Editor's Note

Thinking, which at its height leads to the creation of new knowledge, is the primary business of the university irrespective of the mode in which the university facilitates teaching and learning.

In every discipline there is always a minimum body of knowledge to master - mastery which requires a lot of thinking in and out of the box.

There are also bodies of knowledge outside one’s discipline proper which are far from irrelevant, not least because they have the potential to enrich, if not transform, one’s discipline-bound understanding of the objects of study, including life itself.

TCX 27 attempts to think through thinking, the latter a task which, while everyone agrees is meritorious, can be challenging, if not also painful. Thinking, especially the divergent type which challenges normative ideas, is not always rewarded, even as we’re told that thinking is good.

Indeed, history has shown that thinkers whose ideas can and have changed the world for the better, are often persecuted. Despite this, there are those who persist in thinking, which necessarily involves questioning received wisdoms and truths. Ultimately, it is those who think in this way that will materially advance knowledge.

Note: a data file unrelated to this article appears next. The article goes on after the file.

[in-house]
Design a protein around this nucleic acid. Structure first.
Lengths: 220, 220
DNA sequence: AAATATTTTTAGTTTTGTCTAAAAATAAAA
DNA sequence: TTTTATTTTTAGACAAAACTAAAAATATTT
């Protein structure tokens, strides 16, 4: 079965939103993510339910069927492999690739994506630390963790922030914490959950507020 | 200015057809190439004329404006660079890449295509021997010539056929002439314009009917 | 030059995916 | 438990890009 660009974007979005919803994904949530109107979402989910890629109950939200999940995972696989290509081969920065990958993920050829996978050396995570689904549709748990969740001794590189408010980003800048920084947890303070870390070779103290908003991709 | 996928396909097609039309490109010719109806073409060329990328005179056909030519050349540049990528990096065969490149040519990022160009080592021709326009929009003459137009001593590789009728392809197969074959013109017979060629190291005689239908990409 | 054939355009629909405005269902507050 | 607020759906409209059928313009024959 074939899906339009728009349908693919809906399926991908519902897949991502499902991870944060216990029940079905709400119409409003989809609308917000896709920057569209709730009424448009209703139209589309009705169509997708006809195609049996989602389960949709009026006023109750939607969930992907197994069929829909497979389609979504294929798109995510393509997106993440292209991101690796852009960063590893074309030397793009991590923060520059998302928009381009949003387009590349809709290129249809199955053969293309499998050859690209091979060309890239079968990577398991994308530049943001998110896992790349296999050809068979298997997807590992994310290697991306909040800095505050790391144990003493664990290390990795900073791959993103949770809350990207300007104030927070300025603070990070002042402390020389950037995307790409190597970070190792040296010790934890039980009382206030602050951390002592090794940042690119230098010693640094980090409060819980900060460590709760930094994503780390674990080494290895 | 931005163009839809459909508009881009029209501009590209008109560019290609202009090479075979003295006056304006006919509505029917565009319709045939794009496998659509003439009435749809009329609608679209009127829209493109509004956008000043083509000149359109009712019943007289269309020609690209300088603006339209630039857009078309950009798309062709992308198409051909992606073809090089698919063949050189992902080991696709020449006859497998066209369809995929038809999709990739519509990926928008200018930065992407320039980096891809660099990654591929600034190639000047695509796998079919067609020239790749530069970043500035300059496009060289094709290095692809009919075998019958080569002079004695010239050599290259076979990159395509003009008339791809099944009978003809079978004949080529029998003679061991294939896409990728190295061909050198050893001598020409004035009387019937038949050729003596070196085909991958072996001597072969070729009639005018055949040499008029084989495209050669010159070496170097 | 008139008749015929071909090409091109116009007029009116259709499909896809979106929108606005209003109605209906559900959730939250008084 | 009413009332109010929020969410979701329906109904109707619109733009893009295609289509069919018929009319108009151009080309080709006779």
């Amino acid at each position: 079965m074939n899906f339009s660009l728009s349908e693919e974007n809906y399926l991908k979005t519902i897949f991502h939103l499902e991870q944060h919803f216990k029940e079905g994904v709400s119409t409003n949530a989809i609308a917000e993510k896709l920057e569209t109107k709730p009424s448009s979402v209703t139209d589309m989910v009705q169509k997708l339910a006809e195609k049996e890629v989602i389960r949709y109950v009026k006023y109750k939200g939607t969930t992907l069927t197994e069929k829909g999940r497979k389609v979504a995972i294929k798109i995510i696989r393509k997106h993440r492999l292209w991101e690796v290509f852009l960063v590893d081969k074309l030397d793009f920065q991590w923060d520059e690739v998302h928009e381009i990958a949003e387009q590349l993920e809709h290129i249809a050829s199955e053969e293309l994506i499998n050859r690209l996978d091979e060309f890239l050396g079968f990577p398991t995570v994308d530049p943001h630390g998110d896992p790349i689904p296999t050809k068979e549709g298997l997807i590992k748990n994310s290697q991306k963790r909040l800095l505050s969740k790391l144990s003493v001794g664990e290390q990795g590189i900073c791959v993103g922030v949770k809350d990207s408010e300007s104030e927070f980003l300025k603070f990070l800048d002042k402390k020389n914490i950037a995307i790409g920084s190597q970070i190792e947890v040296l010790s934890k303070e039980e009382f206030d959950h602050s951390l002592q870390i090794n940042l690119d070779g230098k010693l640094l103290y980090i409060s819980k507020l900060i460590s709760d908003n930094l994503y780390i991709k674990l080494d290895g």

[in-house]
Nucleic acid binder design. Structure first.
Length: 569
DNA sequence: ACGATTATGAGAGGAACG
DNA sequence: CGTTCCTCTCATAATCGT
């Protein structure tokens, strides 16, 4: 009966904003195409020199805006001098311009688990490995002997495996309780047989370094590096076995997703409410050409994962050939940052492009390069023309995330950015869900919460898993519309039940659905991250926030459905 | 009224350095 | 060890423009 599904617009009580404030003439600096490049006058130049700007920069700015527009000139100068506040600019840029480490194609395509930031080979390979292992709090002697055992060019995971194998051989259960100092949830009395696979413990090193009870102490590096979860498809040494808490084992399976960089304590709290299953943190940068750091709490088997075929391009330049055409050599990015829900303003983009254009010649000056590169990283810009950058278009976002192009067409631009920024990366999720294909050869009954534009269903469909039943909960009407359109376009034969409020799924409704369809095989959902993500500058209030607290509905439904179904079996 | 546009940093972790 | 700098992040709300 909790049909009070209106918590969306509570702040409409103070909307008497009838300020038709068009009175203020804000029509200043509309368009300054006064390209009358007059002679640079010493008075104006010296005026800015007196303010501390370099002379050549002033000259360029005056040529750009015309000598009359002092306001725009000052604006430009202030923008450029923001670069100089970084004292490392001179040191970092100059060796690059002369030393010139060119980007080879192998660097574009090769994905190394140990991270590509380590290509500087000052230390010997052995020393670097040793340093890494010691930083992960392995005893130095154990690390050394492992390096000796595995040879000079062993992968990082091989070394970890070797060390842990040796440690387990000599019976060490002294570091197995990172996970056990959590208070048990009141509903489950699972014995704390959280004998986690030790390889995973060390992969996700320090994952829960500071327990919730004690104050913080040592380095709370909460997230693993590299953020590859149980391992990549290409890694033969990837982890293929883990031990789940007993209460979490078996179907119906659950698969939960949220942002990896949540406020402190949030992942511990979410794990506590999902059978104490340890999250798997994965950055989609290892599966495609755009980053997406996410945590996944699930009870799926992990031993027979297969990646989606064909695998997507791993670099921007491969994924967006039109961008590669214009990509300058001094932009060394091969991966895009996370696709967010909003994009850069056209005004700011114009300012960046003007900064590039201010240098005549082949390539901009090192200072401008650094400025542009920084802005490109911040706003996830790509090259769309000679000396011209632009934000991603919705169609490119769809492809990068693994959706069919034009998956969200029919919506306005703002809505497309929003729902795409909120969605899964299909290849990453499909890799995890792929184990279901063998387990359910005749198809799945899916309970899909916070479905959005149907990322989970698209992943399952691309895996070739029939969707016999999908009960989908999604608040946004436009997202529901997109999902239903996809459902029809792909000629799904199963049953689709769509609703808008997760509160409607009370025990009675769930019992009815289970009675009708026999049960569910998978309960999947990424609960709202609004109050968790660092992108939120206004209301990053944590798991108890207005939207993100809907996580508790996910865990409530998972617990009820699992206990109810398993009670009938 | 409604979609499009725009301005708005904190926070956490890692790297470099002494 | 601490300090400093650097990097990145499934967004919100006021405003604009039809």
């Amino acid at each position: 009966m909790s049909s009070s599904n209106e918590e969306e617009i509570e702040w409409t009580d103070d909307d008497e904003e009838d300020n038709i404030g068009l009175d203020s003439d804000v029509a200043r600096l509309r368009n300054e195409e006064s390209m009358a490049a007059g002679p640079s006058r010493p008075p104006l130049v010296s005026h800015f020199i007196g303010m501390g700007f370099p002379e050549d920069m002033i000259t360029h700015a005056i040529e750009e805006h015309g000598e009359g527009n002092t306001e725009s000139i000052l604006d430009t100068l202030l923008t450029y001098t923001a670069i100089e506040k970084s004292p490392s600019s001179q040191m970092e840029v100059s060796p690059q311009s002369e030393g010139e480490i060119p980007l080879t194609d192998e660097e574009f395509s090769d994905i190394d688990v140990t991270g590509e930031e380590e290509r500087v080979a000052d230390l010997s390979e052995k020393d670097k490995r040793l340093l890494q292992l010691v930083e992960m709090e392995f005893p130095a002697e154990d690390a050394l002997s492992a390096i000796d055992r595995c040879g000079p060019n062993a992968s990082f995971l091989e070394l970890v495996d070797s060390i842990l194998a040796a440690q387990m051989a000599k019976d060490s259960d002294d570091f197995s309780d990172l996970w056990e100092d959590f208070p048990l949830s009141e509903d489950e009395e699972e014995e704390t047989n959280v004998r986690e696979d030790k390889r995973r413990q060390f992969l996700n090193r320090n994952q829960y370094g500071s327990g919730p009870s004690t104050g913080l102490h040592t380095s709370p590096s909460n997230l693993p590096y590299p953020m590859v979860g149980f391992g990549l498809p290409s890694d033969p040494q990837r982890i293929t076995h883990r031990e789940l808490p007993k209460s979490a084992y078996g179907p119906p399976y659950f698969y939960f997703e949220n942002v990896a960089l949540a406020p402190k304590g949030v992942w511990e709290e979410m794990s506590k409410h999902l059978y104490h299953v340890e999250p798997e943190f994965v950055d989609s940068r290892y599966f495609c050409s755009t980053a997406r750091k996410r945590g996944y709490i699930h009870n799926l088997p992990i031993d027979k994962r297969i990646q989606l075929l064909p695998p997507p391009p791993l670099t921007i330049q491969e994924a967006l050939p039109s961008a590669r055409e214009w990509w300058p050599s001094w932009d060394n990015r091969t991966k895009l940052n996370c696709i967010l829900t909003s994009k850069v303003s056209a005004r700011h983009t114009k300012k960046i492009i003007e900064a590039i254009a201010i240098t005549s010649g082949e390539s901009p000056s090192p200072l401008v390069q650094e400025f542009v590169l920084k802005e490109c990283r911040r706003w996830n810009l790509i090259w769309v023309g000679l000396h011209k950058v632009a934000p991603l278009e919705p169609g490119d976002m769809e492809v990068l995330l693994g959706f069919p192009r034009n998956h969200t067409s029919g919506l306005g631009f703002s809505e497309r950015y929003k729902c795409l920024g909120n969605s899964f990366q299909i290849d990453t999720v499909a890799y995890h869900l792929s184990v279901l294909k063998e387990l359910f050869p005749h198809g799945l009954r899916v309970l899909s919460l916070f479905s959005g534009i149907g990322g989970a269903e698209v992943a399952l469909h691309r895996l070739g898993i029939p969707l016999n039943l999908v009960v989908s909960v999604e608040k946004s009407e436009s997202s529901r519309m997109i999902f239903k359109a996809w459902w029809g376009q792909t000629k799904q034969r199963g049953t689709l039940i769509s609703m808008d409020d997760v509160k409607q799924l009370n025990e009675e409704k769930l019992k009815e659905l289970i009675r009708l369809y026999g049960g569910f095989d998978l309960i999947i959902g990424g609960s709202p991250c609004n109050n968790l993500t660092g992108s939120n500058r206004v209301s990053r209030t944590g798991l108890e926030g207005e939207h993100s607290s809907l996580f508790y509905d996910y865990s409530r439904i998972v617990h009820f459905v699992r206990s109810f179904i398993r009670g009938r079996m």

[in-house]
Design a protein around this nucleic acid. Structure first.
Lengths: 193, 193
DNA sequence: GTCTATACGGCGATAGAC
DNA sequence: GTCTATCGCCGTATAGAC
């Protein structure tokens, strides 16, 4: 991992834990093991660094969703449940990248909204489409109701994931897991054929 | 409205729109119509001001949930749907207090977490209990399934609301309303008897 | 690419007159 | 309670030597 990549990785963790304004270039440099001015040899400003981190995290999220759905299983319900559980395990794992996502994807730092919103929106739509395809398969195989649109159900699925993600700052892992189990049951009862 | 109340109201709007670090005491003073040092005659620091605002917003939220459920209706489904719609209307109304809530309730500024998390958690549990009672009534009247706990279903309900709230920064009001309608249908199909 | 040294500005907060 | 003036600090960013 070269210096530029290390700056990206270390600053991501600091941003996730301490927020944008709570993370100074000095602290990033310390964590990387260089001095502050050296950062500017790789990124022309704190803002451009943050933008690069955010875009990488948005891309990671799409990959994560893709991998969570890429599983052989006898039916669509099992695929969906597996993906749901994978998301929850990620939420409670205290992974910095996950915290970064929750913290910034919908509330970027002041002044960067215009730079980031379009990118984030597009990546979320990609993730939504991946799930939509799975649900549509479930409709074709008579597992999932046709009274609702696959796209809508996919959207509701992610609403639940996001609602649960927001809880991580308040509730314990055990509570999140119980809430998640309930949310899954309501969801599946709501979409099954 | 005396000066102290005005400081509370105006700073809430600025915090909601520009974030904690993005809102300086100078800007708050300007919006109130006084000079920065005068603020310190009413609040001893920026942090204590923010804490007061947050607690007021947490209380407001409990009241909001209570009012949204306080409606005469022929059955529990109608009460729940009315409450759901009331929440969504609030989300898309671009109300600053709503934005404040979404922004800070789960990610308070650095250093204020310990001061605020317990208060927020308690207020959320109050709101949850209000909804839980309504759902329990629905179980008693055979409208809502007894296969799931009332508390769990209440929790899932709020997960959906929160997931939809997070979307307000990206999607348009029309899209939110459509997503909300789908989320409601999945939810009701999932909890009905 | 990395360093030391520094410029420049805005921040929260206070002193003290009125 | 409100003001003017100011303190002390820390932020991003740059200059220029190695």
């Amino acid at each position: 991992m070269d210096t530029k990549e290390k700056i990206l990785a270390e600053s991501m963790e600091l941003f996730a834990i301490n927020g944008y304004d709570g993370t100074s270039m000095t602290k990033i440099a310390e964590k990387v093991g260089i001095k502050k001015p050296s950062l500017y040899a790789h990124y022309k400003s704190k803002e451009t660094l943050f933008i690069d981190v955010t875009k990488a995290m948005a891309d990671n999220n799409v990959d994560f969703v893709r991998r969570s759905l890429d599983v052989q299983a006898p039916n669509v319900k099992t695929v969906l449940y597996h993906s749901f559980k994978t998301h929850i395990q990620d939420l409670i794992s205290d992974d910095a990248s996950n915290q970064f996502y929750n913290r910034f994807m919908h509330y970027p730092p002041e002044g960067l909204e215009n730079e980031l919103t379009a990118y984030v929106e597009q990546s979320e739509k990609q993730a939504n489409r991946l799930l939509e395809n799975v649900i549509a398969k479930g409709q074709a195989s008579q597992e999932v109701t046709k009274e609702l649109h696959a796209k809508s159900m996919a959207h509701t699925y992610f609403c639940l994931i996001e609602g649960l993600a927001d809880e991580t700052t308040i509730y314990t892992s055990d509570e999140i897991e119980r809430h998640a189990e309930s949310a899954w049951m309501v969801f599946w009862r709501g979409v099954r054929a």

This issue seeks to radicalise tutors’ understanding of thinking with the hope that tutors can in turn radicalise their learners’ thinking, simply because thinking is our business.

We hope you’ll enjoy this issue and we wish you all the best for the rest of the semester.

Dr David C.L. Lim

Chief Editor

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If I want my learners to succeed in their studies, I should guide them to:

Think outside the box by being more open-minded about new knowledge
Apply their knowledge and experience to solve problems in the classroom
Understand the art of learning and memorise the relevant facts
Think for themselves on what suits them best in their studies
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